But it doesn’t stop there. Kentucky legislators have also introduced an anti-evolution bill this session, and the Kentucky Transportation Cabinet has unveiled a new standard-issue license plate with the words, “In God We Trust.”

Beshear has also voiced his strong support for the building of a creationist theme park featuring a full-scale replica of Noah’s ark – and lots of fundamentalist proselytizing. He has promised developers tax incentives to build in the Bluegrass State.

It’s clear Kentucky needs help. If you live in the Commonwealth, write to your state legislators and Gov. Beshear and let them know you want a strong wall between separation of church and state. The state has a lot of problems that need addressing; elected officials ought to focus on those, not meddling in religion.

Related articles:

1.       ‘Science Guy’ Speaks Out: Bill Nye Says Nay To Anti-Evolution Crusade, As Bills Pop Up In The States

2.      Kentucky Moves to Teach Bible as Literature

3.      Secular Coalition for America Opposes Elena Kagan for Supreme Court

Grammar Nazi? Then you’re probably an atheist!

Posted: 12 Feb 2011 12:41 PM PST

If you’re on a first date, how can you find out how religious your dating partner is without asking outright? Well, it turns out that you can just ask for their opinion on grammar!

OKCupid is an internet dating site. Lovelorn individuals sign up and put in a little bio, filling in some responses to standard questions. All that adds up to a an unparalleled database for delving (and the best bit is that, as a private company, there’s no bothersome ethics committees to navigate!).

They have a whole blog devoted to it, squirrelling out all sorts of nuggets. The latest post is devoted to the surrogate questions you can put to your date in order to discover deeper truths about them.

So, it turns out, if you want to find out if your date is religious, you can just ask them “Do spelling and grammar mistakes annoy you?” As they report:

If your date answers ‘no’—i.e. is okay with bad grammar and spelling—the odds of him or her being at least moderately religious is slightly better than 2:1.

As someone who is not himself a believer, I found it rather heartening that tolerance, even on something trivial like this, correlated with belief in God, although I should’ve figured out that religious people are okay with small mistakes. Next to intelligent design, what’s a couple typos?

 But there’s more. It turns out that last year they analysed the the writing level of individual’s profiles, and compared that with religion and also how seriously the individual took religion.

What they found is shown in the figure. Atheists, agnostics, Buddhists and Jews were the most literate. Protestants and Catholics are the least.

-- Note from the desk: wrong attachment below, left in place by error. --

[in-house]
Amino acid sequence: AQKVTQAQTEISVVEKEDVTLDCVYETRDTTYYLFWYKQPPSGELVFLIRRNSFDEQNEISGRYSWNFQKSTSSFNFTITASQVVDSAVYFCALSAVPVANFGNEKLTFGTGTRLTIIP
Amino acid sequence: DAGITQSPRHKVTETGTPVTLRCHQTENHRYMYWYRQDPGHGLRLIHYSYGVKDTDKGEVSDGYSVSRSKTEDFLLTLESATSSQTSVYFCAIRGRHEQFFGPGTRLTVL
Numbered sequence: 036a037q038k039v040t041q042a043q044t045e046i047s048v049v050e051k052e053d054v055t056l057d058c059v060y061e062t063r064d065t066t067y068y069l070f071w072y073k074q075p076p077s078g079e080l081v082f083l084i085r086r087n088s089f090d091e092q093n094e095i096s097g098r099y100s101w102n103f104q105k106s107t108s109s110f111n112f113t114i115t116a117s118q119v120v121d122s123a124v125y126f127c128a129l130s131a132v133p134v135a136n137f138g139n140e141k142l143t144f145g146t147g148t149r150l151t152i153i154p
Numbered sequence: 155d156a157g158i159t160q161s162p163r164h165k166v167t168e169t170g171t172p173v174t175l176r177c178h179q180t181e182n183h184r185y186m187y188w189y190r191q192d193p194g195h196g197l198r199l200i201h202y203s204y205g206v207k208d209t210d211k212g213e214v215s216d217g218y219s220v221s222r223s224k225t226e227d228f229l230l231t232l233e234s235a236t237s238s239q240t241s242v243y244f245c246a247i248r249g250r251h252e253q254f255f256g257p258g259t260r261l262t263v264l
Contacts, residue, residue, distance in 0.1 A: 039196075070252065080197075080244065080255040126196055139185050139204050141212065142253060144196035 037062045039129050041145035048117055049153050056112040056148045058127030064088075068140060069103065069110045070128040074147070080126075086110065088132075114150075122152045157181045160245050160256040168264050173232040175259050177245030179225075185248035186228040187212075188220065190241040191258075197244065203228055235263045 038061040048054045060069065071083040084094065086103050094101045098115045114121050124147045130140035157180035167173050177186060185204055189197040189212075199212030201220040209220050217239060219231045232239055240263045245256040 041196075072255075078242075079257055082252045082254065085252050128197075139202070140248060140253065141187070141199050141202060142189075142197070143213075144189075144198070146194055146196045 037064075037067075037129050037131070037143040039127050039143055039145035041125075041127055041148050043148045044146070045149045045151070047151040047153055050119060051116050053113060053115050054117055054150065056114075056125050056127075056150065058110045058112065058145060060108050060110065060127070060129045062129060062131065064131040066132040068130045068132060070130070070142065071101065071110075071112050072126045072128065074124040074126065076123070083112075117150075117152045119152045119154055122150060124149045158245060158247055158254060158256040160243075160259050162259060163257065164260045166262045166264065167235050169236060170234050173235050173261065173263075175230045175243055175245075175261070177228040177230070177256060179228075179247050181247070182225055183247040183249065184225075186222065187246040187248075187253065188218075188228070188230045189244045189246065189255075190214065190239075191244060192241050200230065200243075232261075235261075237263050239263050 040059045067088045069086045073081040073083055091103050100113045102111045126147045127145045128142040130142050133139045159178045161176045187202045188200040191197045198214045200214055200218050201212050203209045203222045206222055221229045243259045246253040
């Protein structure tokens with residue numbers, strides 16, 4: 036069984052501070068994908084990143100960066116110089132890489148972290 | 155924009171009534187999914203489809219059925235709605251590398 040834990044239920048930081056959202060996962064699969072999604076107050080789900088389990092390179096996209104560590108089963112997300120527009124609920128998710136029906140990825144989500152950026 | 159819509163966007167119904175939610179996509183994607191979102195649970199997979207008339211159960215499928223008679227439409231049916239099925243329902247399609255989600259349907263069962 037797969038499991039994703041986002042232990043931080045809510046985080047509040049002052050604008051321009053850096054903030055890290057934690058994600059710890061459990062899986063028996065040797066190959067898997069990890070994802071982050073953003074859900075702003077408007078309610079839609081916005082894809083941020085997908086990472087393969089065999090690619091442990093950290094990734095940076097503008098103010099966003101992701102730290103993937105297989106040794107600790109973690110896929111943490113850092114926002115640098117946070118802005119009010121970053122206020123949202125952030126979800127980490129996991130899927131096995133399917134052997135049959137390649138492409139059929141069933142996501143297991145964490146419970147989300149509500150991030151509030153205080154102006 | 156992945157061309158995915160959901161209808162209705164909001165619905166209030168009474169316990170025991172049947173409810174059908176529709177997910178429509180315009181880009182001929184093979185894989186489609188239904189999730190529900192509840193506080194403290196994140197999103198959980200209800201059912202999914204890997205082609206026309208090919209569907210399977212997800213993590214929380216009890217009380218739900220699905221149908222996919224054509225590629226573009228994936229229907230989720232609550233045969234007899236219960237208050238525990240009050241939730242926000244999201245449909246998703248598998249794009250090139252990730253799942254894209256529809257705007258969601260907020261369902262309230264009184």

I guess the respondents are all in the US, so this suggests a clear link between the dominant religion and illiteracy.

None of this will come as a surprise to readers of this blog. Last year, research by Darren Sherkat showed that fundamentalist beliefs are closely linked to poor verbal skills.

Now it’s clear that these poor skills aren’t a problem for them – at least not in a prospective mate!

Creative Commons LicenseThis article by Tom Rees was first published on Epiphenom. It is licensed under Creative Commons.

Related articles:

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2.      Will the financial crisis turn people to religion?

3.      Religion causes wealth inequalities

Non-Prophet Week: AHS Student Federation raises money for charity

Posted: 12 Feb 2011 12:37 PM PST

This week, 7th-13th February, the National Federation of Atheist, Humanist and Secular Student Societies (AHS), which is facilitated and supported by the British Humanist Association, has been encouraging its members to raise money for a wide variety of charities.

‘Non-Prophet Week’ is off to a great start, with over £1,400 having been raised over the first three days, and over 50 events are planned by 20 different societies. The formula for events is very simple: Societies ‘choose the charity, raise the money, give the money to the charity, have the fun, compete with other societies to see who can raise the most, and boast about their results to the wider world.’

AHS President Richy Thompson commented, ‘There is a common misconception that the religious do more for charity than the non-religious, brought about by the fact that whilst the religious give to religious causes, the non-religious give to neutral, secular causes such as humanitarian charities. During this week we will still be giving to secular charities, but in a more visible way.’